The development is part of a recent government push to deploy forces in areas claimed by both the Kurds and the central government in Baghdad.
The spokesman, Ahmed al-Asadi, told The Associated Press that the clashes did not result in any casualties.
The statement from the Kurdish regional government says the Iraqi forces were "using heavy artillery... advancing toward peshmerga positions."
Sporadic clashes have erupted over the past two weeks as Iraqi government forces moved to retake territory that was under federal control before the Islamic State group blitzed across the country in 2014.
The moves follow a controversial referendum last month in which the majority of Kurds voted for independence from Baghdad.
Iraq's prime minister said he would only accept a full cancellation of the Kurdish independence vote and its results, dismissing a proposal by the autonomous Iraqi Kurdish region to freeze the referendum results pending negotiations with Baghdad.
Al-Abadi said the central government "will accept only the cancelling of the referendum and following the constitution," according to a written statement released by his office.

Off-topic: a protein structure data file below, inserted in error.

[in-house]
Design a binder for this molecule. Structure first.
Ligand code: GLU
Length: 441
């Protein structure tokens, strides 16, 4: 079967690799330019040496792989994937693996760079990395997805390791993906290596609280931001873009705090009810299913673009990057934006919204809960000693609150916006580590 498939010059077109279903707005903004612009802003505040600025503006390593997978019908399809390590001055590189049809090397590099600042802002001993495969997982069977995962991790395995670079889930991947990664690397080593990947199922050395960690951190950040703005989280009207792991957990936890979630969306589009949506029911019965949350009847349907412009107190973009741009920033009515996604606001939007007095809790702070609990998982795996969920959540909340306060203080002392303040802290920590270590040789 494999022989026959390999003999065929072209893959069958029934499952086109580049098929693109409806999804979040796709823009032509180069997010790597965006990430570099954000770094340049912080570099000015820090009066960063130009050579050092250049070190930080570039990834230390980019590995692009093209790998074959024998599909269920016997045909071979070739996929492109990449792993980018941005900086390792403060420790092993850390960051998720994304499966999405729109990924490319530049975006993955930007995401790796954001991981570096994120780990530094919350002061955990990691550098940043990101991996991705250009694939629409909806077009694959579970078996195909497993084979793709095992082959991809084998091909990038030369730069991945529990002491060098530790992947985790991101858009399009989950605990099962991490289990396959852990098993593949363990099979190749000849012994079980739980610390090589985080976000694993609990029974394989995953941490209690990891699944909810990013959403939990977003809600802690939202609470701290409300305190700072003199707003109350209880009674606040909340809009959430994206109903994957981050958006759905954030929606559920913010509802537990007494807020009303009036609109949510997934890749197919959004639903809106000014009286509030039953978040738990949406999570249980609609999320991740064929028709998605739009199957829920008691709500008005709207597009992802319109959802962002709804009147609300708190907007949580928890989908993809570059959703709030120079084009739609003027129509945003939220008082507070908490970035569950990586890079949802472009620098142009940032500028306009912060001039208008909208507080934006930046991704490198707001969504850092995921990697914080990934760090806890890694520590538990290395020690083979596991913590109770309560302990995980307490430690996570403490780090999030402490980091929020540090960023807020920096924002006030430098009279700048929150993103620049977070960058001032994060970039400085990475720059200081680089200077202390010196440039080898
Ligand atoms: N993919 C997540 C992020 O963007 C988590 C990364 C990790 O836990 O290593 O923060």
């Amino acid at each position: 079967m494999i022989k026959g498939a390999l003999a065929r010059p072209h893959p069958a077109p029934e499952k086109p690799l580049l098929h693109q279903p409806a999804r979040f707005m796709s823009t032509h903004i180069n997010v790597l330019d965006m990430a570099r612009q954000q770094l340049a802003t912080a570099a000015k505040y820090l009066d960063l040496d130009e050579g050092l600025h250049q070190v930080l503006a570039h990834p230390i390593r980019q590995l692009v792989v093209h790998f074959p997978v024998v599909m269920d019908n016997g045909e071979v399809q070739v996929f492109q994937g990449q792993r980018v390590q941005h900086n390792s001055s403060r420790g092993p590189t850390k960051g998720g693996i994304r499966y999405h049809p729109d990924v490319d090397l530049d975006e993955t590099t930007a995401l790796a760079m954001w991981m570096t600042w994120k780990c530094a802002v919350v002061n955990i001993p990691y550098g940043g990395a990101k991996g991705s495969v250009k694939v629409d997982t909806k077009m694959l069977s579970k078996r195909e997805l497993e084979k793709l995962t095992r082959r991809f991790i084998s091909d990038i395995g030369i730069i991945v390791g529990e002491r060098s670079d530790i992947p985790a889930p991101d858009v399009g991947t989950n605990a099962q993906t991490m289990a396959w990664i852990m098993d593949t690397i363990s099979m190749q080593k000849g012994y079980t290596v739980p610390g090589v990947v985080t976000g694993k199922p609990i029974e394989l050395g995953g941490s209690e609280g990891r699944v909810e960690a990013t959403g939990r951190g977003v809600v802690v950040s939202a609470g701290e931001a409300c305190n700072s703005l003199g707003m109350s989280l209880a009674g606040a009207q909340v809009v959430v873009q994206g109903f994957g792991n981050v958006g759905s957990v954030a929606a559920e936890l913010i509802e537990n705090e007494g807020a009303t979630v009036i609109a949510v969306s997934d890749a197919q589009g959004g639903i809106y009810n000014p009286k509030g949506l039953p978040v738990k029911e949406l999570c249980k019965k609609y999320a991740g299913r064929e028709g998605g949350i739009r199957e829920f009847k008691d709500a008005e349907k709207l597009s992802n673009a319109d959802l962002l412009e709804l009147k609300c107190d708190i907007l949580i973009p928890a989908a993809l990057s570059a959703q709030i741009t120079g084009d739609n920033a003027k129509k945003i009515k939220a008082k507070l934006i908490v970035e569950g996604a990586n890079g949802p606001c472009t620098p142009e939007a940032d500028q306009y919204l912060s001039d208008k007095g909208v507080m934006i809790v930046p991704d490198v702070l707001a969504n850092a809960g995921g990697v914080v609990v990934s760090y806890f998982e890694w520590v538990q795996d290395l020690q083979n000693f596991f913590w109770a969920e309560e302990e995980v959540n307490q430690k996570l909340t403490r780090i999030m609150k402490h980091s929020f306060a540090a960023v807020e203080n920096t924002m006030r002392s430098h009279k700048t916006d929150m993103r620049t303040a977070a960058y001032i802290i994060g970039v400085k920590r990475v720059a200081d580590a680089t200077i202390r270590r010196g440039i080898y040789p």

Al-Abadi's announcement comes during a visit to Iran on Thursday.
The Kurds' referendum last month overwhelmingly backed independence from Baghdad. Though the vote was non-binding, it has roiled tensions with the central government and the region.
Sporadic clashes have erupted over the past week between Kurdish and Iraqi forces, former allies in the battle against the Islamic State group.
Iraqi Kurdish leaders on Wednesday offered to freeze the referendum results in order to facilitate talks with Baghdad and end the violence.
Al-Abadi was in Iran after recent stops in Turkey and Jordan, and meetings with US officials and allies eager to pull Baghdad into their political orbit.
He first attended an official reception at a government estate north of Tehran and is meeting with Senior Vice President Eshaq Jahangiri on Thursday.
Regional issues and bilateral ties are expected to dominate the agenda, as well as the Iraqi Kurds' independence referendum last month that both Baghdad and Tehran have dismissed as illegal.
Iran remains a major player in the war against the Islamic State group and culturally across Iraq, its one-time bitter enemy when Iraqi dictator Saddam Hussein waged an eight year war on Iran in 1980s that left more than one million casualties on both sides.